Mapping the indices of seats-votes disproportionality and inter-election volatility
Published Web Locationhttps://doi.org/10.1177/13540688030096001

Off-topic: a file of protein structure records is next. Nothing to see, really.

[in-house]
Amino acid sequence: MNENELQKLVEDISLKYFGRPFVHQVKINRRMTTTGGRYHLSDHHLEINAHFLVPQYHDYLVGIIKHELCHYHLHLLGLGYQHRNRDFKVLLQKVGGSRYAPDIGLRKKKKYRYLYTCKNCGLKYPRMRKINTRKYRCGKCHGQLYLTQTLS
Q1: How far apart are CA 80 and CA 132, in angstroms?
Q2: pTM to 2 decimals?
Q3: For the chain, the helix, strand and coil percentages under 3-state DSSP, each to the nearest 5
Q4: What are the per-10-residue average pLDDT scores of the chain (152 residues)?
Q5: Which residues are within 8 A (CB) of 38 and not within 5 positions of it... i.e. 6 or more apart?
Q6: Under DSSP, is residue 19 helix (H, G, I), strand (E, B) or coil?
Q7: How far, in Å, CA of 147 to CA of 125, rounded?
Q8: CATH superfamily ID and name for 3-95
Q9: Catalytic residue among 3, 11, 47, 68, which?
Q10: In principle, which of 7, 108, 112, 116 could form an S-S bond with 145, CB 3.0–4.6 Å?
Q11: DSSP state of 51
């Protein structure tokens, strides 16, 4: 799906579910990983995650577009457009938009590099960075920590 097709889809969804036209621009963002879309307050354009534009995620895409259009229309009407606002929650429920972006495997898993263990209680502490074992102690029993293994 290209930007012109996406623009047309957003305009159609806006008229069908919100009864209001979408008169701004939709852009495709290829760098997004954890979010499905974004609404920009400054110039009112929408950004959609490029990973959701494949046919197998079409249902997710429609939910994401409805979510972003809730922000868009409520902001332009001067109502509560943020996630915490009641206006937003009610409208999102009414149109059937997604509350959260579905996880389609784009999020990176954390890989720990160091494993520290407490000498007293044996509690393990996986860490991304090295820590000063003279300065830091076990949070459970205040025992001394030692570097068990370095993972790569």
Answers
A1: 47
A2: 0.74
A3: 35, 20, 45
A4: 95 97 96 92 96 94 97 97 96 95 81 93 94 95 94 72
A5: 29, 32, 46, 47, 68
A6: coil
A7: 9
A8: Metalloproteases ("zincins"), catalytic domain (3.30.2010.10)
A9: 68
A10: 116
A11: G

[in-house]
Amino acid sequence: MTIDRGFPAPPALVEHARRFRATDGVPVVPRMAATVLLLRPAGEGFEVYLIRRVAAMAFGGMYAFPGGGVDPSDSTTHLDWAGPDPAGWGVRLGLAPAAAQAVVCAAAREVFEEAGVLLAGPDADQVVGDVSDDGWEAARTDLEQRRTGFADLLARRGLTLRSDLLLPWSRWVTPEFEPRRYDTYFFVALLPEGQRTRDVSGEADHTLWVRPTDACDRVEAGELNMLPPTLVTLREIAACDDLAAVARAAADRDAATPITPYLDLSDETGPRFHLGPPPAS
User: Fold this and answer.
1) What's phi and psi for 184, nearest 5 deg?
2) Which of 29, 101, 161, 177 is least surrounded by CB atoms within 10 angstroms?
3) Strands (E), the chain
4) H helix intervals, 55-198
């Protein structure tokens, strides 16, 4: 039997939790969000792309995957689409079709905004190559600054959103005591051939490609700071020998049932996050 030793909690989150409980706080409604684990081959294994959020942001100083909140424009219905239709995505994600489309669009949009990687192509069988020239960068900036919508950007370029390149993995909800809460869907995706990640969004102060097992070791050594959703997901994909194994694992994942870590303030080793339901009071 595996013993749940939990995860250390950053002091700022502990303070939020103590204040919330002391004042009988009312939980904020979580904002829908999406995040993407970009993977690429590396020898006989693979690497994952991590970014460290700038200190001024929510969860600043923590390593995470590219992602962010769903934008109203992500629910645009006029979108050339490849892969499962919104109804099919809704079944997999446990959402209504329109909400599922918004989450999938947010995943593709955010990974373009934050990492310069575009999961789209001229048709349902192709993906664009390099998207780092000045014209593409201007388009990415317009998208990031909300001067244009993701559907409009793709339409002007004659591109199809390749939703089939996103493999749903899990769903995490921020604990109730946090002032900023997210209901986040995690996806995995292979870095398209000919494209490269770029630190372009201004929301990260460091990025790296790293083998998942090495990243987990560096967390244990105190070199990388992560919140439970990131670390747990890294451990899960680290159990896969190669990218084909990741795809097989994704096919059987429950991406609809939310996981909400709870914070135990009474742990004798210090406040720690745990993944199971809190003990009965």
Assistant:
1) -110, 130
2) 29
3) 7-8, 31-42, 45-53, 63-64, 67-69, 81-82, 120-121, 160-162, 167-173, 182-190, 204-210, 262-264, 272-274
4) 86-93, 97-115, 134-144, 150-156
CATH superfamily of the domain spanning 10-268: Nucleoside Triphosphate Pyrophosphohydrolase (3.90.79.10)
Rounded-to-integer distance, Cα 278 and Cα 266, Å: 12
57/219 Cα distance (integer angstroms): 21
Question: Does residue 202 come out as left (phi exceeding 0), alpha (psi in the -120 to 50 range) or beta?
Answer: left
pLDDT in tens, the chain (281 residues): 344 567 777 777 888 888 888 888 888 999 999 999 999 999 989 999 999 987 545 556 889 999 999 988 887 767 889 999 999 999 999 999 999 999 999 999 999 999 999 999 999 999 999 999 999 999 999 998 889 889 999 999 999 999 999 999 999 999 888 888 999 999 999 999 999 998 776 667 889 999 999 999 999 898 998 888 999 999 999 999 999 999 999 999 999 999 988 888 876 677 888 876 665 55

Measures of electoral system disproportionality and of party system volatility (as well as malapportionment and vote splitting) present similar statistical issues in terms of deciding what index is most appropriate, but it is not common to view indices of disproportionality and volatility as serving similar ends. Making use of 12 different criteria, we evaluate 19 indices that have been previously proposed as measures of either disproportionality of electoral seats-votes results or over-time volatility of party vote (or seat) shares. We suggest that, on balance, Gallagher's (1991) index, which has achieved increasing acceptance in the seats-votes literature on disproportionality (see esp. Lijphart, 1994) offers the most desirable combination of features, although the advantages it offers over the Loosemore-Hanby index are not large and are debatable. We also find that Dalton's principle of transfers presents an ambiguity when one party has a larger number of excess seats, while another has a larger proportion of them.